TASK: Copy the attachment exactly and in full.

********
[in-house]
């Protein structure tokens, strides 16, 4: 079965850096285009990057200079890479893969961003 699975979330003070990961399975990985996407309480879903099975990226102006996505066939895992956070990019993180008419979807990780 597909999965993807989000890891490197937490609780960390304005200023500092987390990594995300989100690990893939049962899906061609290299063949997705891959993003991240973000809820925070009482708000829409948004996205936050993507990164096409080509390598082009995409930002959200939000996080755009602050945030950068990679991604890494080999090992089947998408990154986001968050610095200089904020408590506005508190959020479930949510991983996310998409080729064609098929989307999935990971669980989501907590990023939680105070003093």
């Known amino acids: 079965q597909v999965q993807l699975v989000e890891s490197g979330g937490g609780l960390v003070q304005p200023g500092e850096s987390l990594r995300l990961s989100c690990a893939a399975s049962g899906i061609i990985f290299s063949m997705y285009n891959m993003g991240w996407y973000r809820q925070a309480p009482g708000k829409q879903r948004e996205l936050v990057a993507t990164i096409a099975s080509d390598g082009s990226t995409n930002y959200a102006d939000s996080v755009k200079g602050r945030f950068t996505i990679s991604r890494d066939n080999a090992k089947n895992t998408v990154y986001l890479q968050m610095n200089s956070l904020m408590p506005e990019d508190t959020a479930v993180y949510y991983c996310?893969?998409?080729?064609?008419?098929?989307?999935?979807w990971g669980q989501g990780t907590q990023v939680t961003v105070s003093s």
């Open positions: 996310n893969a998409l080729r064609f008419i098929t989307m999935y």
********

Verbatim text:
[in-house]
């Protein structure tokens, strides 16, 4: 079965850096285009990057200079890479893969961003 699975979330003070990961399975990985996407309480879903099975990226102006996505066939895992956070990019993180008419979807990780 597909999965993807989000890891490197937490609780960390304005200023500092987390990594995300989100690990893939049962899906061609290299063949997705891959993003991240973000809820925070009482708000829409948004996205936050993507990164096409080509390598082009995409930002959200939000996080755009602050945030950068990679991604890494080999090992089947998408990154986001968050610095200089904020408590506005508190959020479930949510991983996310998409080729064609098929989307999935990971669980989501907590990023939680105070003093």
């Known amino acids: 079965q597909v999965q993807l699975v989000e890891s490197g979330g937490g609780l960390v003070q304005p200023g500092e850096s987390l990594r995300l990961s989100c690990a893939a399975s049962g899906i061609i990985f290299s063949m997705y285009n891959m993003g991240w996407y973000r809820q925070a309480p009482g708000k829409q879903r948004e996205l936050v990057a993507t990164i096409a099975s080509d390598g082009s990226t995409n930002y959200a102006d939000s996080v755009k200079g602050r945030f950068t996505i990679s991604r890494d066939n080999a090992k089947n895992t998408v990154y986001l890479q968050m610095n200089s956070l904020m408590p506005e990019d508190t959020a479930v993180y949510y991983c996310?893969?998409?080729?064609?008419?098929?989307?999935?979807w990971g669980q989501g990780t907590q990023v939680t961003v105070s003093s």
């Open positions: 996310n893969a998409l080729r064609f008419i098929t989307m999935y």